I’ve seen a lot of reactions to the Olympic Opening Ceremony this weekend: most of them British, and ranging from offers of knighthoods and marriage proposals to Danny Boyle, to people wishing to disown their Englishness so as not to be associated with it.
Somewhat unsurprisingly, the most positive reactions came from either Britons themselves, or Americans (whose Anglophilia can be ardent, if a little unrealistic). People felt proud of themselves, of their country’s history, of the spectacle, art, and music involved – and rightly so. Boyle’s production was a history lesson disguised in performance art, a tribute to the Everyman and Everywoman wrapped in a big sparkly bow.
From the outside, it was a fantastic show to watch. The clear promotion of equality, working-class values, and left-wing politics shown was a good reminder of the things that – in the eyes of a lot of the world – are the very best of the United Kingdom. For a ceremony associated with the biggest sporting festival in the world, the emphasis was very far from sport. Shakespeare, Barrie, Rowling, Travers, Blake, and Lewis all took their places on a stage that owed more to Tolkien than anyone else. Kenneth Branagh’s powerful, warm turn as Isambard Kingdom Brunel announced the arrival of the Industrial Revolution, and Sir Tim Berners-Lee played the role of spiritual godchild, sitting at his computer and live-tweeting ‘THIS IS FOR EVERYONE’.
And it was. Between the lesbian kiss in the rom-com montage, the amount of people of colour in starring roles, and the celebration of the public health system, the message was equality and inclusion. To quote from Boyle’s own introductory text:
But we hope, too, that through all the noise and excitement you’ll glimpse a single golden thread of purpose – the idea of Jerusalem – of the better world, the world of real freedom and true equality, a world that can be built through the prosperity of industry, through the caring nation that built the welfare state, through the joyous energy of popular culture, through the dream of universal communication. A belief that we can build Jerusalem. And that it will be for everyone.
I can’t really say what I expected from the ceremony before it began. I’m quite a big fan of Danny Boyle’s work, especially his visuals (Sunshine, in particular, is one of the most visually striking films I’ve ever seen). It was always going to be spectacular, in the truest sense of the word – a blinding, deafening, all-inclusive, overwhelming spectacle. Not for Boyle the stereotypical image of England as a refined, under-emotional nation: from the very beginning, a young boy singing Jerusalem solo and unaccompanied, emotion – in fact, a pure and unanticipated depth of feeling – was centre-stage. The tribute to the victims of the 7/7 terrorist attacks, set to traditional hymn Abide With Me, was brilliantly moving; the surreal battle of characters from beloved children’s books provoked a deep and filling joy.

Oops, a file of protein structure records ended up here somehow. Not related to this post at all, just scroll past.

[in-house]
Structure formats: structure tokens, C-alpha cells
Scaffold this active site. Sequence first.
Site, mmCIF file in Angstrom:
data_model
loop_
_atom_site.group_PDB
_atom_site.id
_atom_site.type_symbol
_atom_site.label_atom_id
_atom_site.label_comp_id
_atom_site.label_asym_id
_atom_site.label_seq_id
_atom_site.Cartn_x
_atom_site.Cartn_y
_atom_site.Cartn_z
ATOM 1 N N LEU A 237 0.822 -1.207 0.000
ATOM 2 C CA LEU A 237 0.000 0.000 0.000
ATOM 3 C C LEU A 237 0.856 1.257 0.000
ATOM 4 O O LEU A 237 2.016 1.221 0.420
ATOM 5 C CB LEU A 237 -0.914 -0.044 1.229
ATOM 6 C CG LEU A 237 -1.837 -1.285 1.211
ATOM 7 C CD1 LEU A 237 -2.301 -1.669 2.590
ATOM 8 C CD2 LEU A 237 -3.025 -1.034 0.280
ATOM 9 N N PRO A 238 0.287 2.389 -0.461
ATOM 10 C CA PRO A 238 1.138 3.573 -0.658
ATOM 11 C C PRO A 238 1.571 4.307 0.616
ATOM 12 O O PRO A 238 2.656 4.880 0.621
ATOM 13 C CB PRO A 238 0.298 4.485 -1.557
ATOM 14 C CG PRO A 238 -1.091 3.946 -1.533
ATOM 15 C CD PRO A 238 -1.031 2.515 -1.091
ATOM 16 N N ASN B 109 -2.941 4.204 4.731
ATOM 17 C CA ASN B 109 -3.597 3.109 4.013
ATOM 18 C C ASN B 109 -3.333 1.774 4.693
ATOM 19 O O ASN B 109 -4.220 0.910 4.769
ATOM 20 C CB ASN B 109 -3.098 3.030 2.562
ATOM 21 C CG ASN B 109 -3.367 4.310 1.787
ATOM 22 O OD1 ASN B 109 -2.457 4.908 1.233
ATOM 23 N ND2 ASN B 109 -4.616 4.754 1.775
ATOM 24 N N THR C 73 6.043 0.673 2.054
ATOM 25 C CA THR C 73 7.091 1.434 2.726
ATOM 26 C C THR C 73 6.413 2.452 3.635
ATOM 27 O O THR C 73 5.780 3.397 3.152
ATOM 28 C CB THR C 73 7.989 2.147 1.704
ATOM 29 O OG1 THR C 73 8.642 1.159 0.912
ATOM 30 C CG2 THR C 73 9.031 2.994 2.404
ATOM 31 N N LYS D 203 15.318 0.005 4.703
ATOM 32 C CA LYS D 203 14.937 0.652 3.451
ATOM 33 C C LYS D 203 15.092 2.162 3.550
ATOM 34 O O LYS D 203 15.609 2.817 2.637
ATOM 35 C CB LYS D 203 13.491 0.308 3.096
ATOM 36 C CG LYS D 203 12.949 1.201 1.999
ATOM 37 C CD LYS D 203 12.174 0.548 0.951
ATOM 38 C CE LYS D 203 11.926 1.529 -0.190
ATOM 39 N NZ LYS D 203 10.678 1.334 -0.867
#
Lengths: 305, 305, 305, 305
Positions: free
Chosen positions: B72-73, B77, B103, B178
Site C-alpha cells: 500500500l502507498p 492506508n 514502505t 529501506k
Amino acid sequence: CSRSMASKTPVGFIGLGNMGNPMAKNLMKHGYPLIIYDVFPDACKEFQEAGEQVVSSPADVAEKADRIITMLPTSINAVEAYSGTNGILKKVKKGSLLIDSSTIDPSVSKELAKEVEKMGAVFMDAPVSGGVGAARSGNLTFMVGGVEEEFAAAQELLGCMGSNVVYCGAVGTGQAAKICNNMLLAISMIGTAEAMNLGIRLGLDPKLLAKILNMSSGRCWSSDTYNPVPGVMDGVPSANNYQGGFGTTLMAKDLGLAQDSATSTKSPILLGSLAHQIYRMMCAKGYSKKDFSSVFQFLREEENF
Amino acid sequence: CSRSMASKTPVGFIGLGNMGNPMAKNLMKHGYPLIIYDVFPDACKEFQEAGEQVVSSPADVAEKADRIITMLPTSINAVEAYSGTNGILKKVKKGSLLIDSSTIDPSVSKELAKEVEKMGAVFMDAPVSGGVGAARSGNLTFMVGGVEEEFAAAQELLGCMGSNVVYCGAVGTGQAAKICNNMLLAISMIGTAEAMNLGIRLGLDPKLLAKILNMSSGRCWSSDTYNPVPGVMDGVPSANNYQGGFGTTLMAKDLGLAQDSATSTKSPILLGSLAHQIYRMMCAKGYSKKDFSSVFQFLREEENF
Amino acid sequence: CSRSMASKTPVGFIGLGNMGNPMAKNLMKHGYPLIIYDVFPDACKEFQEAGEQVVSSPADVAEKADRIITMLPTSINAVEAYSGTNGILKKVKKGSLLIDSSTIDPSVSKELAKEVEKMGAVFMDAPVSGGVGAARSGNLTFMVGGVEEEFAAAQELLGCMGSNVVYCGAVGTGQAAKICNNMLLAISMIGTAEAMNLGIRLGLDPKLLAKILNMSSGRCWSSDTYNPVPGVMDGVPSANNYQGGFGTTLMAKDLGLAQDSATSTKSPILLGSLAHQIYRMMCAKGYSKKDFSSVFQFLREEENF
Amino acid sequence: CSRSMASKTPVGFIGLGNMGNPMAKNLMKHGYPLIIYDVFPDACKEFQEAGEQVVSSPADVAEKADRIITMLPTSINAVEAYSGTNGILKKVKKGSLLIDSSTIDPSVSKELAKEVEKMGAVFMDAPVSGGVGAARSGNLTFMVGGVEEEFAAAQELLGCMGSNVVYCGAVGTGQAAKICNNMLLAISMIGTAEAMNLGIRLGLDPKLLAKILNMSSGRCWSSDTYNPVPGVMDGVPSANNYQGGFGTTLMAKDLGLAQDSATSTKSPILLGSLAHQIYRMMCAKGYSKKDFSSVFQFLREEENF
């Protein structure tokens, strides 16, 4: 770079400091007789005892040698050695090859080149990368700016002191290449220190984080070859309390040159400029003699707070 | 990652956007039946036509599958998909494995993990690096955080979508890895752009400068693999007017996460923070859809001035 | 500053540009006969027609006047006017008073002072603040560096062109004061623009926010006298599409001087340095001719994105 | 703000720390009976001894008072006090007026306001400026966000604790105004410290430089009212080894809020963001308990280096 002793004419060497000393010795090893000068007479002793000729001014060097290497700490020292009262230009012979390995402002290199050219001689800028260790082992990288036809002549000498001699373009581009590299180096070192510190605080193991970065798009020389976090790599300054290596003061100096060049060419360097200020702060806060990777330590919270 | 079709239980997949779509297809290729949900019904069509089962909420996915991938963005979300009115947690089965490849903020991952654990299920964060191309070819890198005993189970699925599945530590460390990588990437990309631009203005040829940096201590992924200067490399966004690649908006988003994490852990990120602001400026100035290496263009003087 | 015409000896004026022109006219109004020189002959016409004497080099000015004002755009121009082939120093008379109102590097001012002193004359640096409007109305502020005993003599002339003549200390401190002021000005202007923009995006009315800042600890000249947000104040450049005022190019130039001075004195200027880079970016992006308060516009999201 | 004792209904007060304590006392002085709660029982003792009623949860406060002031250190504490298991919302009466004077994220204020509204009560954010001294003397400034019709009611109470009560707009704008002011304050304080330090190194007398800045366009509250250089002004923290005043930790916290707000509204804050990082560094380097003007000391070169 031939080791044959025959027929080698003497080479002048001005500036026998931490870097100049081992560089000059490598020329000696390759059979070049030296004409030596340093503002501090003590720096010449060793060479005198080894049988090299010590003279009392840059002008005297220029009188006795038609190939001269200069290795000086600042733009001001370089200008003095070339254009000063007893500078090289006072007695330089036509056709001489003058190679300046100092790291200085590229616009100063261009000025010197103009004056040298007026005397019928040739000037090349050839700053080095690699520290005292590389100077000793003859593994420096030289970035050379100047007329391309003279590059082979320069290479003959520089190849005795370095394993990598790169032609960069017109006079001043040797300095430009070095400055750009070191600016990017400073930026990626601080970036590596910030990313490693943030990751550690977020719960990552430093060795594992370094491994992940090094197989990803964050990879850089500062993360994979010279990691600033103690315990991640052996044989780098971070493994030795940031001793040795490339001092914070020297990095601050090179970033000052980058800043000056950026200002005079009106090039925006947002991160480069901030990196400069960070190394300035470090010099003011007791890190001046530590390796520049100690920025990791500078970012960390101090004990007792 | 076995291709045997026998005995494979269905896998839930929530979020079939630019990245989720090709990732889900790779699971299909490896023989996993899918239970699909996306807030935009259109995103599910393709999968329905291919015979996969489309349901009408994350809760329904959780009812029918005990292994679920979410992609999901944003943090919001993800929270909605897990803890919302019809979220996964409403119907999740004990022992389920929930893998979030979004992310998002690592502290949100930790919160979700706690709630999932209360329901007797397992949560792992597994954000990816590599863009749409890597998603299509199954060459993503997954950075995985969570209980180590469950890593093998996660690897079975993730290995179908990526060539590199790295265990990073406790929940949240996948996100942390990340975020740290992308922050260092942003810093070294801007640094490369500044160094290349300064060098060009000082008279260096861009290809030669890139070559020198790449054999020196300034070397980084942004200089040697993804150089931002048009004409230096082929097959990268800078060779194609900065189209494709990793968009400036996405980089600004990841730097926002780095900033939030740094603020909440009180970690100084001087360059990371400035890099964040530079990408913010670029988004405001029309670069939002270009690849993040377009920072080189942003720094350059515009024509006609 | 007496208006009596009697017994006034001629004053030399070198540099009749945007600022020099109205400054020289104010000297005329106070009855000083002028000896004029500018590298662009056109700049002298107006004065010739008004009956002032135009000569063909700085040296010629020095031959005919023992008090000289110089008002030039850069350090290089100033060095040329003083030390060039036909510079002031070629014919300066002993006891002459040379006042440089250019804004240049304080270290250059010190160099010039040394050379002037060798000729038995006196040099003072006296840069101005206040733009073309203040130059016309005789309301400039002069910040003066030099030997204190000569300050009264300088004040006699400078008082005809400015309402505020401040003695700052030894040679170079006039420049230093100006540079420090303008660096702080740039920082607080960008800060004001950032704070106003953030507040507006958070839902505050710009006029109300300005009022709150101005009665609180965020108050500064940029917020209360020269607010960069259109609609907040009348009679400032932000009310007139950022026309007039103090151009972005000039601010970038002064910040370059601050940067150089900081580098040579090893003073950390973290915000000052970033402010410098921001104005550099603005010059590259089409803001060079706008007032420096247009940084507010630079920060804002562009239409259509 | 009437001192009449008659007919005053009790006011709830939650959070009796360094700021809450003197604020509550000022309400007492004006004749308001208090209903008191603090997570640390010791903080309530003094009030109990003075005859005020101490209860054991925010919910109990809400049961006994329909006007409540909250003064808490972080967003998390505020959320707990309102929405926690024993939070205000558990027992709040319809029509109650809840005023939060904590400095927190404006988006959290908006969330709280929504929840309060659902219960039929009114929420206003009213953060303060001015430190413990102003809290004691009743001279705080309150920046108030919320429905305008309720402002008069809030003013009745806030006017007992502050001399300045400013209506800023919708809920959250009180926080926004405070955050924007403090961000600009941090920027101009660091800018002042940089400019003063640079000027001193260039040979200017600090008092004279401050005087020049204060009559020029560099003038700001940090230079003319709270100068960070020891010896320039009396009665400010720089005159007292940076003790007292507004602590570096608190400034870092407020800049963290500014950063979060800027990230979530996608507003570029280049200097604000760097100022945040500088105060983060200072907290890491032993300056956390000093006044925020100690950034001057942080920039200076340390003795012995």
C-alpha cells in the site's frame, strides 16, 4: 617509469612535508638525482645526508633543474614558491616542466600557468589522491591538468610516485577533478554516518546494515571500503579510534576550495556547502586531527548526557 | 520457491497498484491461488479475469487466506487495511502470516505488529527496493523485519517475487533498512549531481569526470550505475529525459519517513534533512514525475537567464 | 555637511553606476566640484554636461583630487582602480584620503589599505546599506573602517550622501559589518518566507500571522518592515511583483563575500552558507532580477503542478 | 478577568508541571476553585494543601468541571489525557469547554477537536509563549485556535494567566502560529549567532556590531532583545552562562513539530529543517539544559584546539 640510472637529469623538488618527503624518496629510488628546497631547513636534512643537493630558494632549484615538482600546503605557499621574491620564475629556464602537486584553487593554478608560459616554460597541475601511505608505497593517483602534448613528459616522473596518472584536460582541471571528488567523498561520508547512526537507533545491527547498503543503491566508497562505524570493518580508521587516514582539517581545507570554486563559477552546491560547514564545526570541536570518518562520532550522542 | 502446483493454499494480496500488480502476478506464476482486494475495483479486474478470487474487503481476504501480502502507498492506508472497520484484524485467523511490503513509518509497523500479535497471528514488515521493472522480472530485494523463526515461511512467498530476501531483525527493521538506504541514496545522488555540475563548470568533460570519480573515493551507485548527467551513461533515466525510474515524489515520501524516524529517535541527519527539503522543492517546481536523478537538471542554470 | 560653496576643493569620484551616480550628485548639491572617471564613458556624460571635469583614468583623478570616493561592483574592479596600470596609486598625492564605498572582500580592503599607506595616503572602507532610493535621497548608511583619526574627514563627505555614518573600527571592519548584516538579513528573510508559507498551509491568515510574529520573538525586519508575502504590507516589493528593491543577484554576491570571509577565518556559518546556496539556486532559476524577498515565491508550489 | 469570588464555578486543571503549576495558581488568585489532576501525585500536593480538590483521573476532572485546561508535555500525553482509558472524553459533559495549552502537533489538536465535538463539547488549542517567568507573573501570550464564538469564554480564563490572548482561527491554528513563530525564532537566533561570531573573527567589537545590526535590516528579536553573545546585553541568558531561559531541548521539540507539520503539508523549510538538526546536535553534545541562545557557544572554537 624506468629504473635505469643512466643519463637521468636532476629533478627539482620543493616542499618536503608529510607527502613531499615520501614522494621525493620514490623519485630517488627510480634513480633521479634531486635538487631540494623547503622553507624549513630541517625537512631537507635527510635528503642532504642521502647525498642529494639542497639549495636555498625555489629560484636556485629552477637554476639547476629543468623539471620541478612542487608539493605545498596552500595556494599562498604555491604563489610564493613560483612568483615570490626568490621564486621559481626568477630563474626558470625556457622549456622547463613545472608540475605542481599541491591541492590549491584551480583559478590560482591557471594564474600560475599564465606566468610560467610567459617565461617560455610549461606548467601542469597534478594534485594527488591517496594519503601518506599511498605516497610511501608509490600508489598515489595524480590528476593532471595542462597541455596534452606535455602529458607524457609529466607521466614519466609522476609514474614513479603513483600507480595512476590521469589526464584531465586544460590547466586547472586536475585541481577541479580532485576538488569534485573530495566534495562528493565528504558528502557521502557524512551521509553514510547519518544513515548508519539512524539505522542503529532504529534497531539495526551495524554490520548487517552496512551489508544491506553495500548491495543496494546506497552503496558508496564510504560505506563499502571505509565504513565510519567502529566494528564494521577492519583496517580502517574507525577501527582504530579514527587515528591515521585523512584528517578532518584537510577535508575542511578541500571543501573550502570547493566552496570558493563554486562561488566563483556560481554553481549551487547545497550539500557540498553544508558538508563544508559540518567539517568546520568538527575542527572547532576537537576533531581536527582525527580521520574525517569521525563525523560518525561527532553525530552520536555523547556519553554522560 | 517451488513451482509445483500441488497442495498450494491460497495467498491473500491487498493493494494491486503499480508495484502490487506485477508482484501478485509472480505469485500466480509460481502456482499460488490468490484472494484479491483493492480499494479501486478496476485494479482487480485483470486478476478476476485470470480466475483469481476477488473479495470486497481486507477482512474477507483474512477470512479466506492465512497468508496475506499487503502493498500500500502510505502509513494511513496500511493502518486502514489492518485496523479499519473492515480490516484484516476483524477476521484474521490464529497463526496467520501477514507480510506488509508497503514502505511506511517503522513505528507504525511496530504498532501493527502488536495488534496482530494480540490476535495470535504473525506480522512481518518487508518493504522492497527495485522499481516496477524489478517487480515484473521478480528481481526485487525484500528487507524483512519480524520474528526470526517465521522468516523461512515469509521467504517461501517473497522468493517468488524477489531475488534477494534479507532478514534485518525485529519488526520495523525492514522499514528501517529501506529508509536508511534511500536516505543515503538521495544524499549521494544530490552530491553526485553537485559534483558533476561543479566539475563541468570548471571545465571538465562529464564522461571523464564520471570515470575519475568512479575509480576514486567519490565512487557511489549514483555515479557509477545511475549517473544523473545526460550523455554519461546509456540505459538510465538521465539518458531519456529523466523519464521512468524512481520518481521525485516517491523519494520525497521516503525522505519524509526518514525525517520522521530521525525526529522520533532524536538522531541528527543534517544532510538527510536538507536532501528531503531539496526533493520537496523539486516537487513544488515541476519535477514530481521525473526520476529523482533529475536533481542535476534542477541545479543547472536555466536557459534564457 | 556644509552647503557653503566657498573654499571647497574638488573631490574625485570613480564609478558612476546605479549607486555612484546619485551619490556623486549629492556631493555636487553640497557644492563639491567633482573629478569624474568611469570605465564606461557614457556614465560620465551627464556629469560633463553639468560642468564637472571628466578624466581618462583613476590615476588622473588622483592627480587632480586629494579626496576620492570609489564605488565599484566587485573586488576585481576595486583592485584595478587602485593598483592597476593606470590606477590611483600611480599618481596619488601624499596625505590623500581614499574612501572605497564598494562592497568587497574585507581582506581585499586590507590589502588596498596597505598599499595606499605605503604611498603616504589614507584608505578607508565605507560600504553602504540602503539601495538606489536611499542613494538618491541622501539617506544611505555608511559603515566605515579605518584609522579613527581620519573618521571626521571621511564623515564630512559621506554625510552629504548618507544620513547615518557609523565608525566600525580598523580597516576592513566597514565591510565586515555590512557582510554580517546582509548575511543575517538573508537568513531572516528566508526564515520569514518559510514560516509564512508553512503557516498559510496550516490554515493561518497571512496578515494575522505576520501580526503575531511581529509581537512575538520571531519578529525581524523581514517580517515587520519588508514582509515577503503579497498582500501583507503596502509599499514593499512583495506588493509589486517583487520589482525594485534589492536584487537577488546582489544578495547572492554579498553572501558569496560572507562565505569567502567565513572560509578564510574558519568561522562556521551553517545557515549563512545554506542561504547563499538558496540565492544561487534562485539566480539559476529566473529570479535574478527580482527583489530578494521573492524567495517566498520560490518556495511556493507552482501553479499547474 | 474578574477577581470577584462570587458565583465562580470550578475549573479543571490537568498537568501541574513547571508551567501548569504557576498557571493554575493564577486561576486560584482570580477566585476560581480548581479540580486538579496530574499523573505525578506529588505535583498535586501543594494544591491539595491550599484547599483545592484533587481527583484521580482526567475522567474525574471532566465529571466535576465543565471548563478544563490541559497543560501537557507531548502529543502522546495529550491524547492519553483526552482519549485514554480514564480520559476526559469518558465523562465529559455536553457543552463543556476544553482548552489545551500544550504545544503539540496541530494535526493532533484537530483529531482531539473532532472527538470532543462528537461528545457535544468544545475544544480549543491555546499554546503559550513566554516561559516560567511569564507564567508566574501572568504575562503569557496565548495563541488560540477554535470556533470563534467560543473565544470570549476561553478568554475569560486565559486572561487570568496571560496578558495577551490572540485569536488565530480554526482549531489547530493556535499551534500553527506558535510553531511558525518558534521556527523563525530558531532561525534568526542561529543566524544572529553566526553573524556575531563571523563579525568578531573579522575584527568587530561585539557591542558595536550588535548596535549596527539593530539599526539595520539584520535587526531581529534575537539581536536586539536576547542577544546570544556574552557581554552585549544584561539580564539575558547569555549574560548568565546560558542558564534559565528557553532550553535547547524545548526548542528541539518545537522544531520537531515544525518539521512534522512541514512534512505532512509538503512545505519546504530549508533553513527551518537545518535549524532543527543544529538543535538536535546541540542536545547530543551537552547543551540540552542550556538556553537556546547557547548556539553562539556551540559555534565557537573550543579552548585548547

Britain’s history is not all rosy – as an Irishwoman I’m in a pretty good position to judge that – but its contribution to the world in the fields of film, art, literature, technology, music, and yes, sport, is inestimable. Perhaps the Opening Ceremony weighed a little heavy on what Jem at Quite Irregular calls ‘export product’:
In fact, James Bond, J.R.R Tolkien, Shakespeare, the NHS, J.K. Rowling, Churchill and Mr. Bean all have one thing in common: they’re export product. Each of them are represent Britain more to the outside world than they necessarily do to most British people.
but much of it played a double role, in any case: provoking British national pride, and intimating to the rest of us that London will consider its third Olympics an achievement to match any past event. The societal tropes are easy to read and recall, but I think what made the Opening Ceremony so enjoyable to watch was the sly sense of humour with which Boyle dissected things that could have played as stuffy and clichéd. James Bond appears, but he’s not drinking cocktails and seducing pretty girls; he’s accompanying the Queen to parachute out of a helicopter (sadly, leaving the Corgis behind). We get a bit of Notting Hill, but we also get a kiss from Shrek; Jerusalem and Chariots of Fire, but also the Sex Pistols, Rolling Stones, The Who, and a live turn from the Arctic Monkeys, including a Beatles cover.
I’ll interrupt myself here to say that one of the few bum notes all evening was Paul McCartney’s somewhat rambling version of Hey Jude. It’s definitely a good sing-along song for a multi-national gathering – who doesn’t at least know the chorus? – but I would have preferred Macca to leave it with ‘and in the end, the love you take//is equal to the love you make‘.
All in all, Boyle’s show was enjoyable and grand, and he will deserve any award he earns for it. Much of this ceremony showed the very best side of Britain, and I think any country would be proud to have acquitted itself so well.